Andy Murray overcomes roofing issues to surge past Marcel Granollers and reach US Open third round

Ross McLean
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2016 US Open - Day 4
Murray eased into round three although had initial problems with the roof (Source: Getty)

World No2 Andy Murray’s bid to reach the final of all four grand slams in 2016 continued with a routine straight sets victory over Spain’s Marcel Granollers in second round of the US Open.

Playing under the new roof above Arthur Ashe Stadium as the rain hammered down, Murray waltzed through to round three by defeating world No45 Granollers 6-4, 6-1, 6-4 in two hours and 22 minutes.

The 29-year-old second seed will now face either Gilles Simon of France or Italy’s Paolo Lorenzi in the last 32 at Flushing Meadows tomorrow.

Murray has now chalked up 24 victories from 25 matches since the beginning of the Aegon Championships at Queen’s Club in June, although a first-serve percentage of just 43 per cent against Granollers -- he also hit 28 unforced errors -- did not go unnoticed by the Olympic champion.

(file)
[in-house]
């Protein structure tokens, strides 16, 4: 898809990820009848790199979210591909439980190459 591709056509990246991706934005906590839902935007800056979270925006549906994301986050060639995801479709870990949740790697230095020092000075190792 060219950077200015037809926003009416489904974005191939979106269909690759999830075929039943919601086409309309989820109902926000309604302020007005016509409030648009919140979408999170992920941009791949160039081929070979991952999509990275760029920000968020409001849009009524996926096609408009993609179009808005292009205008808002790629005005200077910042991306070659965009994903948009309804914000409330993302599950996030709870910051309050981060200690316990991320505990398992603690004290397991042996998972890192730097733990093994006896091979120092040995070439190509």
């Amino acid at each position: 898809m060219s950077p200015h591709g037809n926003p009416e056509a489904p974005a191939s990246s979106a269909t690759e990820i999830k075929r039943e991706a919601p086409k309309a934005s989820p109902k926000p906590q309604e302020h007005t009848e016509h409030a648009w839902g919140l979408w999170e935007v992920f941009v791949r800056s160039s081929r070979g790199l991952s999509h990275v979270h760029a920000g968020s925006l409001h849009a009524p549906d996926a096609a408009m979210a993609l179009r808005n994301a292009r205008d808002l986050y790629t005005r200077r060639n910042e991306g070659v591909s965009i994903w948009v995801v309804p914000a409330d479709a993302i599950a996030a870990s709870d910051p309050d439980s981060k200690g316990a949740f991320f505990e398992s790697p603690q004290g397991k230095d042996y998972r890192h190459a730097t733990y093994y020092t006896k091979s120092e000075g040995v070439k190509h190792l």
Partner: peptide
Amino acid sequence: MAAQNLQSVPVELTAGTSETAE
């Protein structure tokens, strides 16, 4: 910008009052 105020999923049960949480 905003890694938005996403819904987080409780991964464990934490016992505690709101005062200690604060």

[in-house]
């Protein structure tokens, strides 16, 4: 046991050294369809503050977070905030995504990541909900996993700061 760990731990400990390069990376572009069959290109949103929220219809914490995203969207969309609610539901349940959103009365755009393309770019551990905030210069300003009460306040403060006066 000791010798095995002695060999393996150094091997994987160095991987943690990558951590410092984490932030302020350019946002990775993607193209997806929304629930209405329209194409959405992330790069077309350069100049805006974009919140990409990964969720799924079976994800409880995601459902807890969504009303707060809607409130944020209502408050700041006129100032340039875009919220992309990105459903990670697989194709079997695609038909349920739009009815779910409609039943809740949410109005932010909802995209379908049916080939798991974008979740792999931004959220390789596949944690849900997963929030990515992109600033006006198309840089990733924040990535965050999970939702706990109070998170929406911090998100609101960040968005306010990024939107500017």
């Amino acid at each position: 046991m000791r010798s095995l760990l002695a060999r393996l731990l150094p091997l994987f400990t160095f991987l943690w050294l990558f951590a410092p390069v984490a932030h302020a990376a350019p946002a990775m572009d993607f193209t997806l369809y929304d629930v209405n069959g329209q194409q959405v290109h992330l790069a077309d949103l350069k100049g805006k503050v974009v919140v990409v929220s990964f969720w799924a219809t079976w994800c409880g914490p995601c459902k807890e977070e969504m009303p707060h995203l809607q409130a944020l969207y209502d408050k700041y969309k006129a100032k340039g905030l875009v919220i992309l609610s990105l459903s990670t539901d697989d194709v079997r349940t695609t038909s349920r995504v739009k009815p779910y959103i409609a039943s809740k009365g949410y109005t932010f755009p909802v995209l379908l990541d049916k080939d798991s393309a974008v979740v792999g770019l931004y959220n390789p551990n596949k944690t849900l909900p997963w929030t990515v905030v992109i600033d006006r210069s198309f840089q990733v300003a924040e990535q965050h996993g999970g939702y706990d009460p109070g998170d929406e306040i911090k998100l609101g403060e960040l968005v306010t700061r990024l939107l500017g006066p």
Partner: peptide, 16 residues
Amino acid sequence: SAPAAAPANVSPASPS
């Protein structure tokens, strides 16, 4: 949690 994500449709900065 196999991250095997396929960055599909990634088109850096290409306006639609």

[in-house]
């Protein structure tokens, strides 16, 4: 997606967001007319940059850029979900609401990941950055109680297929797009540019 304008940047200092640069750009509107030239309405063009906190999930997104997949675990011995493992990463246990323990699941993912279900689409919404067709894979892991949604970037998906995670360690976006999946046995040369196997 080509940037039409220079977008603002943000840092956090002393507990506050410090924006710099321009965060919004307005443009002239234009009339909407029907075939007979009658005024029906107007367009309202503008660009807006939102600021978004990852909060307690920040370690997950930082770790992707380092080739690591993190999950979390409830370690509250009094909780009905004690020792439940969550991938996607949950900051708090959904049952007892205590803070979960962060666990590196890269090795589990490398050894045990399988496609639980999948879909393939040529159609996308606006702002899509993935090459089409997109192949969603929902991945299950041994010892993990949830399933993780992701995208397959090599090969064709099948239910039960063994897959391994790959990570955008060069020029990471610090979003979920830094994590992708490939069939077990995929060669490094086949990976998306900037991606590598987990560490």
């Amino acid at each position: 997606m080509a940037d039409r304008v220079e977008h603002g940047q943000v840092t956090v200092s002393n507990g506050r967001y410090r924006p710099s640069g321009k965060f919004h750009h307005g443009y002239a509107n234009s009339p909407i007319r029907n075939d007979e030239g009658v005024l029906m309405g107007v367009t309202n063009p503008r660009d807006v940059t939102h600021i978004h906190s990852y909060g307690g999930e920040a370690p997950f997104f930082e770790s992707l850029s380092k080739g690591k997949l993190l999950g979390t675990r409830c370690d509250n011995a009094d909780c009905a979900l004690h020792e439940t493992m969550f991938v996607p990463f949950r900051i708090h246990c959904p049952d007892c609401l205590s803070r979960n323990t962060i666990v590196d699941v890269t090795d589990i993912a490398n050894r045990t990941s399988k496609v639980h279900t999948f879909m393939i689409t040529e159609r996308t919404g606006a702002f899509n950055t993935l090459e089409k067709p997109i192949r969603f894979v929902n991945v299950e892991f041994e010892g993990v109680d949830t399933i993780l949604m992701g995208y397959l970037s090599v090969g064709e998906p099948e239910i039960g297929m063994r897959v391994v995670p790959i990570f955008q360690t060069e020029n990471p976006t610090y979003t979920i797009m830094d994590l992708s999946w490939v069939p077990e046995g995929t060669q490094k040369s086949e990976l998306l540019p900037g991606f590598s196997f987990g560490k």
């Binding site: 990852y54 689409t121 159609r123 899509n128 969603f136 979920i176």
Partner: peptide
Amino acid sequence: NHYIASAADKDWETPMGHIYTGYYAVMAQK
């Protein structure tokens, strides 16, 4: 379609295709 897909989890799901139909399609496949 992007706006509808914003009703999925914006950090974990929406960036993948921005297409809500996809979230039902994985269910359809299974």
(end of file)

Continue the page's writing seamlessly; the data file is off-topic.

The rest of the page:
“I hit quite a lot of winners, although my first-serve percentage wasn’t great,” said Murray.

“I won a lot of points behind my first serve. I would have liked to make a few more first serves but it is a little bit different serving under the roof, a little heavier conditions.”

The roof proved a distraction for British No1 Murray generally. He added: “At first we didn’t know if there was just more people coming in at the change of ends, but then we quickly realised it was the rain.

“It’s tough. You couldn’t really hear the ball, which makes it tricky, but we’re lucky to play under the roof because otherwise there’d be no tennis right now.”

An extra 2,000 fans, meanwhile, will be able to watch Murray’s bid to win a sixth title at Queen’s next year after the tournament confirmed its intention to expand its Centre Court capacity. The current capacity stands at 6,651.

Tournament director Stephen Farrow said: “Last year we sold out within 24 hours and enjoyed a 20 per cent increase in hospitality sales, so the demand for an increase in capacity is clear.”